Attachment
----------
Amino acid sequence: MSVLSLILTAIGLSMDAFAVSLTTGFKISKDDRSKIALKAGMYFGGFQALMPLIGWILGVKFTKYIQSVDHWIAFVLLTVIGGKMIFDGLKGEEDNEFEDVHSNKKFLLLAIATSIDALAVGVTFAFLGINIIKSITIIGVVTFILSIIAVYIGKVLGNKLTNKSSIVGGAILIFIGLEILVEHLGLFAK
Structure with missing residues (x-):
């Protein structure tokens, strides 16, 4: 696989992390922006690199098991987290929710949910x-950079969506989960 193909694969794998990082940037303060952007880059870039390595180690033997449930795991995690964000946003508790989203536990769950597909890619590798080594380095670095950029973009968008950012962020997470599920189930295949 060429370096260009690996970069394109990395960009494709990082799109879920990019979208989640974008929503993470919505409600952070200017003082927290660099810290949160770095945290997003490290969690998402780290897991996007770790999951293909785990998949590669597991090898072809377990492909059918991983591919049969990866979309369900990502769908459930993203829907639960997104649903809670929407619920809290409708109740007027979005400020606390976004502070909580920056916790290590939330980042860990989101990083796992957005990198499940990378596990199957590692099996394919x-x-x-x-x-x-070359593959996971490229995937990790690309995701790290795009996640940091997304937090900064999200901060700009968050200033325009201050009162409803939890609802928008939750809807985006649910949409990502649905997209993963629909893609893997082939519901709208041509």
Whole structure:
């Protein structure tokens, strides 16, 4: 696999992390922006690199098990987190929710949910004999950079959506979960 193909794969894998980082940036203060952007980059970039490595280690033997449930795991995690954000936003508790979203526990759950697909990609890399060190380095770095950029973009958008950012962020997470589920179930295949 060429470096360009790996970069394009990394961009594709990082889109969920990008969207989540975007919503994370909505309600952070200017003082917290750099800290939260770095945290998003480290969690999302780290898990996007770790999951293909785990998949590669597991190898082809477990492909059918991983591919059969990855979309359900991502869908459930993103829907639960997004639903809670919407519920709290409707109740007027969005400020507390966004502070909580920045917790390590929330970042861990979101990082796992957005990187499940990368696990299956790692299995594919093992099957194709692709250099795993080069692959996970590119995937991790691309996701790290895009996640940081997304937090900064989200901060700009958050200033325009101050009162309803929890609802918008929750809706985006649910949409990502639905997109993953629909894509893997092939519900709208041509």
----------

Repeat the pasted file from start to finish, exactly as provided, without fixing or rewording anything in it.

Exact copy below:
Amino acid sequence: MSVLSLILTAIGLSMDAFAVSLTTGFKISKDDRSKIALKAGMYFGGFQALMPLIGWILGVKFTKYIQSVDHWIAFVLLTVIGGKMIFDGLKGEEDNEFEDVHSNKKFLLLAIATSIDALAVGVTFAFLGINIIKSITIIGVVTFILSIIAVYIGKVLGNKLTNKSSIVGGAILIFIGLEILVEHLGLFAK
Structure with missing residues (x-):
């Protein structure tokens, strides 16, 4: 696989992390922006690199098991987290929710949910x-950079969506989960 193909694969794998990082940037303060952007880059870039390595180690033997449930795991995690964000946003508790989203536990769950597909890619590798080594380095670095950029973009968008950012962020997470599920189930295949 060429370096260009690996970069394109990395960009494709990082799109879920990019979208989640974008929503993470919505409600952070200017003082927290660099810290949160770095945290997003490290969690998402780290897991996007770790999951293909785990998949590669597991090898072809377990492909059918991983591919049969990866979309369900990502769908459930993203829907639960997104649903809670929407619920809290409708109740007027979005400020606390976004502070909580920056916790290590939330980042860990989101990083796992957005990198499940990378596990199957590692099996394919x-x-x-x-x-x-070359593959996971490229995937990790690309995701790290795009996640940091997304937090900064999200901060700009968050200033325009201050009162409803939890609802928008939750809807985006649910949409990502649905997209993963629909893609893997082939519901709208041509």
Whole structure:
């Protein structure tokens, strides 16, 4: 696999992390922006690199098990987190929710949910004999950079959506979960 193909794969894998980082940036203060952007980059970039490595280690033997449930795991995690954000936003508790979203526990759950697909990609890399060190380095770095950029973009958008950012962020997470589920179930295949 060429470096360009790996970069394009990394961009594709990082889109969920990008969207989540975007919503994370909505309600952070200017003082917290750099800290939260770095945290998003480290969690999302780290898990996007770790999951293909785990998949590669597991190898082809477990492909059918991983591919059969990855979309359900991502869908459930993103829907639960997004639903809670919407519920709290409707109740007027969005400020507390966004502070909580920045917790390590929330970042861990979101990082796992957005990187499940990368696990299956790692299995594919093992099957194709692709250099795993080069692959996970590119995937991790691309996701790290895009996640940081997304937090900064989200901060700009958050200033325009101050009162309803929890609802918008929750809706985006649910949409990502639905997109993953629909894509893997092939519900709208041509």